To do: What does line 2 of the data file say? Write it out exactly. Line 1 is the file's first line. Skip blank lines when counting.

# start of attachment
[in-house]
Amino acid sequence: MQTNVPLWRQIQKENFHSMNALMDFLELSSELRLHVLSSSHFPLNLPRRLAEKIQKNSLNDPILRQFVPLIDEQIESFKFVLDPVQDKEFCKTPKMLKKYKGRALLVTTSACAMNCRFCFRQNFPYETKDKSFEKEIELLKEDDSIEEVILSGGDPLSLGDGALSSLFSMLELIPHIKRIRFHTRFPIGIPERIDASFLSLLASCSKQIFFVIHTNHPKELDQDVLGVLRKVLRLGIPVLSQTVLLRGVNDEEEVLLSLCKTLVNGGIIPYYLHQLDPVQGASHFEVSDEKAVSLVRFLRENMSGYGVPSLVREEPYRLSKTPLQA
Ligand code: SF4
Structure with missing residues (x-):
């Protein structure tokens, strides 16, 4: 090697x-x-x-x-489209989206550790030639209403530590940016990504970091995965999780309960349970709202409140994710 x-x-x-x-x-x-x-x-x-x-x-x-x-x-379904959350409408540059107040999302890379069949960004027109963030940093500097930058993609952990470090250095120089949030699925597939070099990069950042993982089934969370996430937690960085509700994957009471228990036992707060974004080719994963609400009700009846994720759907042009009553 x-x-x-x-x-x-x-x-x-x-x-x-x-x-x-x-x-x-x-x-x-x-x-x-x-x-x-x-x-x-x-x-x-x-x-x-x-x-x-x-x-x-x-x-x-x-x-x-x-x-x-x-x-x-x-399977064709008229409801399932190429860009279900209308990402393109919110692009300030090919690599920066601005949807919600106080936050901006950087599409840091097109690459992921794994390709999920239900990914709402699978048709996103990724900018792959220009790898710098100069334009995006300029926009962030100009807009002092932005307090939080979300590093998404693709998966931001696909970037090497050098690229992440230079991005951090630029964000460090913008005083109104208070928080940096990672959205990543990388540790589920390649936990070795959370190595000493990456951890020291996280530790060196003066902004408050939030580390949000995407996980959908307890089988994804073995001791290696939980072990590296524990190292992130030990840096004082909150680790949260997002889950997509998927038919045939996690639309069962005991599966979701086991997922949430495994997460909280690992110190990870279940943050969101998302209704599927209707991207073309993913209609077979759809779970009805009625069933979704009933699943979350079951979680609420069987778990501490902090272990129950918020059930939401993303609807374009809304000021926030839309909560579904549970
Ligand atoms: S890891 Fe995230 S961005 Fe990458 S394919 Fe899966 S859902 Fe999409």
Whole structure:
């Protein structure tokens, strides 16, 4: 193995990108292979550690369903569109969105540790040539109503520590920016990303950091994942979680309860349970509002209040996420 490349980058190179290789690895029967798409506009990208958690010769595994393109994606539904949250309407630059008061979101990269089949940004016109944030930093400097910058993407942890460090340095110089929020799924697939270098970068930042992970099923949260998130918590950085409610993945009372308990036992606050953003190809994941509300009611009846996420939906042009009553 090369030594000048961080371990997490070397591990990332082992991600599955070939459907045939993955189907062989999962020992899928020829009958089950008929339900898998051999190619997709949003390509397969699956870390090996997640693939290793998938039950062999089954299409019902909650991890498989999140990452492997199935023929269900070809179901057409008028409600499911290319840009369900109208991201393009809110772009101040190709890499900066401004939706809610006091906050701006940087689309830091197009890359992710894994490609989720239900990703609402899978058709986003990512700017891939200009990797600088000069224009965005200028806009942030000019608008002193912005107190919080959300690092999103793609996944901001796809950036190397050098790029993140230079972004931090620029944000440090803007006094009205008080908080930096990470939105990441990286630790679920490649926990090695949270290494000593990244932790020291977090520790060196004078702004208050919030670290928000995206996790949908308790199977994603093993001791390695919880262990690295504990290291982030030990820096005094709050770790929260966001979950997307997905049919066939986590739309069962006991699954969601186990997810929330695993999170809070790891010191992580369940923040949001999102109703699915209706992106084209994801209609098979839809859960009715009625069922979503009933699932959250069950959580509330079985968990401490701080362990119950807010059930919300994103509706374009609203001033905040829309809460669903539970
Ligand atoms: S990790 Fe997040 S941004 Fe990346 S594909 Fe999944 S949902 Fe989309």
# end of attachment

Amino acid sequence: MQTNVPLWRQIQKENFHSMNALMDFLELSSELRLHVLSSSHFPLNLPRRLAEKIQKNSLNDPILRQFVPLIDEQIESFKFVLDPVQDKEFCKTPKMLKKYKGRALLVTTSACAMNCRFCFRQNFPYETKDKSFEKEIELLKEDDSIEEVILSGGDPLSLGDGALSSLFSMLELIPHIKRIRFHTRFPIGIPERIDASFLSLLASCSKQIFFVIHTNHPKELDQDVLGVLRKVLRLGIPVLSQTVLLRGVNDEEEVLLSLCKTLVNGGIIPYYLHQLDPVQGASHFEVSDEKAVSLVRFLRENMSGYGVPSLVREEPYRLSKTPLQA